Monday, July 28, 2008

“the building would literally shake when the presses went on…we really felt like we were creating the news.”

Here’s a fun fact for you: Times Square, known as Long Acres Square in the 1800s, was actually named after the New York Times. The gesture was a nominal “thank you for moving to a previously-vacant, now-bustling area of the city” when the prestigious paper relocated in the early 20th century.

Pennington imparted this tidbit as we went about our aforementioned tour (see previous post) of the brand new facilities. Still located in the heart of its namesake (a touristy, neon-lit embodiment of chaos), the year-old Times building is as impressive as the paper itself.

The modernistic building, seemingly made of nothing but steel, bright white paint, and air, is a lifetime away from the paper’s overcrowded abode of old.

“The old building was a classic newsroom, dusty and smoky with low ceilings,” says Pennington. “There were no big T.V screens and there wasn’t Internet connection everywhere. We really needed more space.”

As dumpy as the prototypical 1920s-ish newsroom sounds, Pennington says that the close quarters were conducive to the constant communication necessary at a newspaper. For example, in a room where people are practically sitting on each other’s laps, one editor may overhear changes being made via phone by another editor and put the corresponding edits right onto the page. This is no longer possible in the spacious new building.

“You could throw a football back and forth on the sports floor, whereas in the old building the sports section was the size of a large huddle,” Pennington explains, unable to curb an inevitable dose of athletic imagery.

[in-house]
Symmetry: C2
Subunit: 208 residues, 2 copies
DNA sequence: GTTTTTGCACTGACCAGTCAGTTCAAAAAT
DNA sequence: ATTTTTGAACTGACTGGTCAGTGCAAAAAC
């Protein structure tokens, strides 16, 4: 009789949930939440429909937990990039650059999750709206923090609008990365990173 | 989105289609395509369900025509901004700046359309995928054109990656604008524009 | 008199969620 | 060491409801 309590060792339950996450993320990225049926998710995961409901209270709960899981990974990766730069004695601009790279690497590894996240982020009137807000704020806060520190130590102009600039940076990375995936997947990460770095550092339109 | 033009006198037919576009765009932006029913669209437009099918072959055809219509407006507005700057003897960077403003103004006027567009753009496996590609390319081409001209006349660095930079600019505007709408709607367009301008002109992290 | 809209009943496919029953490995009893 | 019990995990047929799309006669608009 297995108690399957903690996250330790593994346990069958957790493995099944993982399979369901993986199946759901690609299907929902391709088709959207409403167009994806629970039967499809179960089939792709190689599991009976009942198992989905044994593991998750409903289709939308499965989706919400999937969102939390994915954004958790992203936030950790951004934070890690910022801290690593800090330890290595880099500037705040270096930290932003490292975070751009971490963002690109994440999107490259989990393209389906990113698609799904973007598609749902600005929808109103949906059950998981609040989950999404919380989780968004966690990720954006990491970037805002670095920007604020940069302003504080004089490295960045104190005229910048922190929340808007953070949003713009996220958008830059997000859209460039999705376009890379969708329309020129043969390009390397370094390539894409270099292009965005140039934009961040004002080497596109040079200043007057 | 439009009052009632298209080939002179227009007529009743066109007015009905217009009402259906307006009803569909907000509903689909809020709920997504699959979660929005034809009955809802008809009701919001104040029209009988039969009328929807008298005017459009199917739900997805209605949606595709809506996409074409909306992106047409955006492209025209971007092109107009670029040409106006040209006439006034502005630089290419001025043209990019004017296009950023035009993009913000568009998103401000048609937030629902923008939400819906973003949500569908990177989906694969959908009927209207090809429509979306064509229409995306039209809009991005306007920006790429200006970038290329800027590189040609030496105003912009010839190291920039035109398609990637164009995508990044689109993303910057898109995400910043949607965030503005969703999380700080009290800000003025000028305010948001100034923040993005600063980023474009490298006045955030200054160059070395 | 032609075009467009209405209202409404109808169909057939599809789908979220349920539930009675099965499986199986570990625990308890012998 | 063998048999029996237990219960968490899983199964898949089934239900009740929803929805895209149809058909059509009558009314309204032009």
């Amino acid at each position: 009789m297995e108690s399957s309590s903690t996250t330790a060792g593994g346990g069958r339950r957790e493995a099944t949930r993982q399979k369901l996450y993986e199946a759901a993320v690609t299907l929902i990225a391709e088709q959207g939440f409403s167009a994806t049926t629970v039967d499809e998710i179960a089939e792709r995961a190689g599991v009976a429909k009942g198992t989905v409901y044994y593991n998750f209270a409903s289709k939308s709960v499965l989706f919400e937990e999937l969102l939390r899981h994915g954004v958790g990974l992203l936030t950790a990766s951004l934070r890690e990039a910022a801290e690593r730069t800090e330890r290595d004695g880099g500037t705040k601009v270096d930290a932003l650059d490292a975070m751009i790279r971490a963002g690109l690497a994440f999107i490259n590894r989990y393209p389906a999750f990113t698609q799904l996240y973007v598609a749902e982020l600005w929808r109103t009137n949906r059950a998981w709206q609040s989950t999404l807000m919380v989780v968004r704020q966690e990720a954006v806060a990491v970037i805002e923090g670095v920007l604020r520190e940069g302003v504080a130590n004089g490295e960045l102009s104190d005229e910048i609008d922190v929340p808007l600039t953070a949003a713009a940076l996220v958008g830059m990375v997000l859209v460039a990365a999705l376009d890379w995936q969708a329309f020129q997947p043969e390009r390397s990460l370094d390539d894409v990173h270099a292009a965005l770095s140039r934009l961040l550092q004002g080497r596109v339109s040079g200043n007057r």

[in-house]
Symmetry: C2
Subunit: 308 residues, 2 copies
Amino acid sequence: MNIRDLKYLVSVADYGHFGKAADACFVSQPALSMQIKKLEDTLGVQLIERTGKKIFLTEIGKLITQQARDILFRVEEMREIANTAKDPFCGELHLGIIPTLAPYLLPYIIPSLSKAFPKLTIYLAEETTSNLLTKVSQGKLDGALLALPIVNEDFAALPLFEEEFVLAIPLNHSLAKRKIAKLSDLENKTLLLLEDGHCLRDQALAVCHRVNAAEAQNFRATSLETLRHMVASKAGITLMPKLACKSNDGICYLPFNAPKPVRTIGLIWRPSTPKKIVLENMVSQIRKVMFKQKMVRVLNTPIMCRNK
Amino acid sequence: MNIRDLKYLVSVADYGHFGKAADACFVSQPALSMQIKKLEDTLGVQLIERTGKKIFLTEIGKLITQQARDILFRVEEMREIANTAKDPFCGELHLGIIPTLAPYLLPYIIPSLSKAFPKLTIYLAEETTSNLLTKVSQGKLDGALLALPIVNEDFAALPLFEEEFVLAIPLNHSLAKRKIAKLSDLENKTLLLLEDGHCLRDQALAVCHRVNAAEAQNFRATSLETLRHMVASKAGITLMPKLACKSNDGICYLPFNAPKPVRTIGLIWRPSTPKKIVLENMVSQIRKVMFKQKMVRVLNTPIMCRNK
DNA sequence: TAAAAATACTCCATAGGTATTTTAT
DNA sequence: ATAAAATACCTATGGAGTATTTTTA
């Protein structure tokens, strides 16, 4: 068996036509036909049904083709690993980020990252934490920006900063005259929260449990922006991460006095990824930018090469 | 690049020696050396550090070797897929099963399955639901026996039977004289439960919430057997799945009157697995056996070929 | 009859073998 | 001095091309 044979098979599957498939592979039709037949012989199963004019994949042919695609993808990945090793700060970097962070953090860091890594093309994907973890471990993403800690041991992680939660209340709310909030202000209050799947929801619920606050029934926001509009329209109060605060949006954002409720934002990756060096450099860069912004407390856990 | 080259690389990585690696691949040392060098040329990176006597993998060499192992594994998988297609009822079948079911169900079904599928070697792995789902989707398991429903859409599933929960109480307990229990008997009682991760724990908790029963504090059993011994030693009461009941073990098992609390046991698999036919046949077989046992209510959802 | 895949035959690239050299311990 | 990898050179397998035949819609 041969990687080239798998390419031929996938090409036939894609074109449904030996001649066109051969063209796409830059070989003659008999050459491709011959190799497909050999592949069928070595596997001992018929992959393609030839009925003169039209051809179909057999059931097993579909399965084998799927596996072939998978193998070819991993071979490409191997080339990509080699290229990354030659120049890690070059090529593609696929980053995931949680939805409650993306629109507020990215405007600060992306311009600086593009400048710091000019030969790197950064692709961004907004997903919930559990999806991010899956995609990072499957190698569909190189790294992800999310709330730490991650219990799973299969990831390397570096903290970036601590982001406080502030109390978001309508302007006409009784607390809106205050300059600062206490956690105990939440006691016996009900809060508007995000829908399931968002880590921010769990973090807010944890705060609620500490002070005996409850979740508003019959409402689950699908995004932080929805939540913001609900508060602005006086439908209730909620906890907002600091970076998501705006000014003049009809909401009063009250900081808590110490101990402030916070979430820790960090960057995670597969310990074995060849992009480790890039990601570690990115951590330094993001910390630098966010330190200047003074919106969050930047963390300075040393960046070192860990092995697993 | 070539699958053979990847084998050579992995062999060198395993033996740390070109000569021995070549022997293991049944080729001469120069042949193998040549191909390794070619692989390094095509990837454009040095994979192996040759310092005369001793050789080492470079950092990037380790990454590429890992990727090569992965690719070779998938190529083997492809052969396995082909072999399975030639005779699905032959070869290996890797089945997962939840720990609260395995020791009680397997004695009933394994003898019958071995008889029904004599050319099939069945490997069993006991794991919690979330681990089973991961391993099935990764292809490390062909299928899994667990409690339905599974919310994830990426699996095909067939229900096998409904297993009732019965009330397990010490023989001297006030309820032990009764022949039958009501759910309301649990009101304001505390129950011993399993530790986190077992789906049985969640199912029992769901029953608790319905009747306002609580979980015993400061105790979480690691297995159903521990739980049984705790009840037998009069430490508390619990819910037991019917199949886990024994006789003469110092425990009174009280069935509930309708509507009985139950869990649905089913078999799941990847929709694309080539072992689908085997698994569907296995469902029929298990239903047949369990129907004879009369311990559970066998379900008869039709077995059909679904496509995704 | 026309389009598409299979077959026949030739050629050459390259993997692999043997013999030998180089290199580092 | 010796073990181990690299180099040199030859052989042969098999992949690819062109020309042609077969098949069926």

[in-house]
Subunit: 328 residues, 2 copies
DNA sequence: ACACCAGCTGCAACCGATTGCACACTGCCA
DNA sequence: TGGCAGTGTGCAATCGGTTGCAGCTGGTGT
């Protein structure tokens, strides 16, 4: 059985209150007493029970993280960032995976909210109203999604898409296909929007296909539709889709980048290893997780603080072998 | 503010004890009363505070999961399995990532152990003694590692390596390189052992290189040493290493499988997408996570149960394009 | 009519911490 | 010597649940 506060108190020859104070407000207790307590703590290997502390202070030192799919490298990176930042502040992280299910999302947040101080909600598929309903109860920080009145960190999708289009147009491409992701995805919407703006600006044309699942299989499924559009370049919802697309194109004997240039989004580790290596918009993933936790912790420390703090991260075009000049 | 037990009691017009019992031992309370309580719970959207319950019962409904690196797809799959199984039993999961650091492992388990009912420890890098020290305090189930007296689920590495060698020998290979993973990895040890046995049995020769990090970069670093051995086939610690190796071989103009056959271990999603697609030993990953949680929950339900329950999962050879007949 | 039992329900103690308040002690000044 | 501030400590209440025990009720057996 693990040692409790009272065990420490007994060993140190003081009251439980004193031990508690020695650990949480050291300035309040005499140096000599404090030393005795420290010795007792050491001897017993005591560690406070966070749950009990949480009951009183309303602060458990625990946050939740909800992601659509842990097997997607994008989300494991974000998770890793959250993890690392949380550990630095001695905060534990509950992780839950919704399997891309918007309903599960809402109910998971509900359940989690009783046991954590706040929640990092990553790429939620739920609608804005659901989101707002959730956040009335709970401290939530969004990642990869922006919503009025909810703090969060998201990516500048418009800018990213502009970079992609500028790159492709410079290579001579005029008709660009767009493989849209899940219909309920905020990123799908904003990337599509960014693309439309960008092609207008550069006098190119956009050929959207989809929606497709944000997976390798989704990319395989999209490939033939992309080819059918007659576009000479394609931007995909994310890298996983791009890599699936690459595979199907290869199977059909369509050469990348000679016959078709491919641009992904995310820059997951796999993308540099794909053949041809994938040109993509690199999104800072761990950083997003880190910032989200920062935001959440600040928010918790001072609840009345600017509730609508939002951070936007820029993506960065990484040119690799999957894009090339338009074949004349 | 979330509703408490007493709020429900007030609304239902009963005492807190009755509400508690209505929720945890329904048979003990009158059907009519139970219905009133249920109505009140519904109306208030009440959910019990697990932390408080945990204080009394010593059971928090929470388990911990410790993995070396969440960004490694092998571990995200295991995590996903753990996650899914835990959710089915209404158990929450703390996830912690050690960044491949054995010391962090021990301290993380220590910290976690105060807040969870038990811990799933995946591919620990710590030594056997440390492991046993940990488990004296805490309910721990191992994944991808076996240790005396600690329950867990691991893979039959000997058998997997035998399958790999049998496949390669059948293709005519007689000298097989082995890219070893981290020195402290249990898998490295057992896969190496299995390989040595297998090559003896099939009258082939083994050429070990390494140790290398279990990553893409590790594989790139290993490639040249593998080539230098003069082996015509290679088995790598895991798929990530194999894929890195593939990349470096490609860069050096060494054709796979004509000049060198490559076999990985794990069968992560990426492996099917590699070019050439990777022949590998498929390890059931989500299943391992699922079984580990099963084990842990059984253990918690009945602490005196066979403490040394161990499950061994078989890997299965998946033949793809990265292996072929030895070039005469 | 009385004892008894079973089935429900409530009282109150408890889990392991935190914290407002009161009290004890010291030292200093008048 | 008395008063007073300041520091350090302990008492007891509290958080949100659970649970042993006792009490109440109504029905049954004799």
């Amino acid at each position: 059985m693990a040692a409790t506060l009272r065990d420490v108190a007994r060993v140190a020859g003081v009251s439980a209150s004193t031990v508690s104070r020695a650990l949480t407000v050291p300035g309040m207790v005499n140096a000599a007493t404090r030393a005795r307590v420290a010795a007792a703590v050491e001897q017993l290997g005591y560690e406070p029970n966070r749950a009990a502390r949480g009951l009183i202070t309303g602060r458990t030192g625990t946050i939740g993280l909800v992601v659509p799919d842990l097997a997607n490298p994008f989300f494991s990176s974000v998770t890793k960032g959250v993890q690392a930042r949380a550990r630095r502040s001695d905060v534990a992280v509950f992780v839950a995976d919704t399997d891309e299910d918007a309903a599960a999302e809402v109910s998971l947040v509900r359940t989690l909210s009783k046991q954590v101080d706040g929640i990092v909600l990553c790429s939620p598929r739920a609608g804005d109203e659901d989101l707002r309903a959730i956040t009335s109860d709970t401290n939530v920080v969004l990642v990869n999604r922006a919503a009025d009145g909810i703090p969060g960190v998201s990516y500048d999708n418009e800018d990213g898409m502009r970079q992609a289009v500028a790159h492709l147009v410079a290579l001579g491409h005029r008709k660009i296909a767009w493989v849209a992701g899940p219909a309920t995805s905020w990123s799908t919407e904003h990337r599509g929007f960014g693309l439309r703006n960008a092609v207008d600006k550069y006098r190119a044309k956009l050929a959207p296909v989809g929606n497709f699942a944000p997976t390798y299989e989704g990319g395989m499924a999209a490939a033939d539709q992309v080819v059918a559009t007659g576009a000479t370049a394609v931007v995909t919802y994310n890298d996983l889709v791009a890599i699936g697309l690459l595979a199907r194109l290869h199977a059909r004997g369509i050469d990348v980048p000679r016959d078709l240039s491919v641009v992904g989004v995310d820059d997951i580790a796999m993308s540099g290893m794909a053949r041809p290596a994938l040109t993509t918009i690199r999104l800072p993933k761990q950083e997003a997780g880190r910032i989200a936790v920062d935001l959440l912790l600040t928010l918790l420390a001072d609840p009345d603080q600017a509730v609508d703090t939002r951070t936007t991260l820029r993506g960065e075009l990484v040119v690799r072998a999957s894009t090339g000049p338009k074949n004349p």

However, the new building’s spacious atmosphere does not prevent the paper from doing its job. Yes, the office may echo at times, but the openness purposely facilitates inter-section communication.

Though most newspapers are strictly segmented into sections (again, see previous post), Pennington philosophizes that “the paper is a whole, and the office is laid-out in a similarly continuous way.”

One extremely charming, albeit noisy, aspect of the old Times building was the existence of the printing press in the basement. Though the paper has been outsourcing its printing for years now, Pennington recalls the daily rumbling with nostalgia.

“The building would literally shake when the presses went on,” he remembers. “News was being generated beneath us. We really felt like we were creating the news and changing the world’s view of things.”

Since Pennington doesn’t officially have a desk at the office, our nomadic tour is peppered with stops at random flat surfaces on which I lean to jot down notes. Pennington assures me that he could have a workspace – you know, if he really wanted one – but most of the desks belong to city-dwellers who actually find the locale convenient.

Because most writers work from home or on-site, simply submitting stories from their laptops with the click of a button, I presume it would be unnecessary to clutter the office with tons of empty desks.

Which, at 1 p.m. on a Thursday, is pretty much how I’d describe the office: empty. “At night the office will be full and frenetic,” Pennington says, adding that the kinetic peak actually occurs around midnight.

There is something so impressively noble in the image of editors sprinting around in the dead of night, ensuring that millions of clear blue packages land on the doorsteps of the world the very next morning.

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